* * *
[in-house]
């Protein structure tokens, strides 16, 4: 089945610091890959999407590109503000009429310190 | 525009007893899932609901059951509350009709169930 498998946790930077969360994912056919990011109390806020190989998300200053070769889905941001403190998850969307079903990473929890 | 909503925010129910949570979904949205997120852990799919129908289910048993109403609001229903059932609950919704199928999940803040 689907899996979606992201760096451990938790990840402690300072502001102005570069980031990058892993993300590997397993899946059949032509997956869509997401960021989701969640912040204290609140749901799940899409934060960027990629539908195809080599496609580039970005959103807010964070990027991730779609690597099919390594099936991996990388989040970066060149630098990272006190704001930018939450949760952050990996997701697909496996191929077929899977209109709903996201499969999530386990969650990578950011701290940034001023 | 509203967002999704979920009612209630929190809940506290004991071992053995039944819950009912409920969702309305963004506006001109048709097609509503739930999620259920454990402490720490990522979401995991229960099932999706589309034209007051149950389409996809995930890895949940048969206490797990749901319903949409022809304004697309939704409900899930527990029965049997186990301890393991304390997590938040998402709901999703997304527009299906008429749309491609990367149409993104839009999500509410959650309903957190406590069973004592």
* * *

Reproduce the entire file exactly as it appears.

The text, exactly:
[in-house]
């Protein structure tokens, strides 16, 4: 089945610091890959999407590109503000009429310190 | 525009007893899932609901059951509350009709169930 498998946790930077969360994912056919990011109390806020190989998300200053070769889905941001403190998850969307079903990473929890 | 909503925010129910949570979904949205997120852990799919129908289910048993109403609001229903059932609950919704199928999940803040 689907899996979606992201760096451990938790990840402690300072502001102005570069980031990058892993993300590997397993899946059949032509997956869509997401960021989701969640912040204290609140749901799940899409934060960027990629539908195809080599496609580039970005959103807010964070990027991730779609690597099919390594099936991996990388989040970066060149630098990272006190704001930018939450949760952050990996997701697909496996191929077929899977209109709903996201499969999530386990969650990578950011701290940034001023 | 509203967002999704979920009612209630929190809940506290004991071992053995039944819950009912409920969702309305963004506006001109048709097609509503739930999620259920454990402490720490990522979401995991229960099932999706589309034209007051149950389409996809995930890895949940048969206490797990749901319903949409022809304004697309939704409900899930527990029965049997186990301890393991304390997590938040998402709901999703997304527009299906008429749309491609990367149409993104839009999500509410959650309903957190406590069973004592």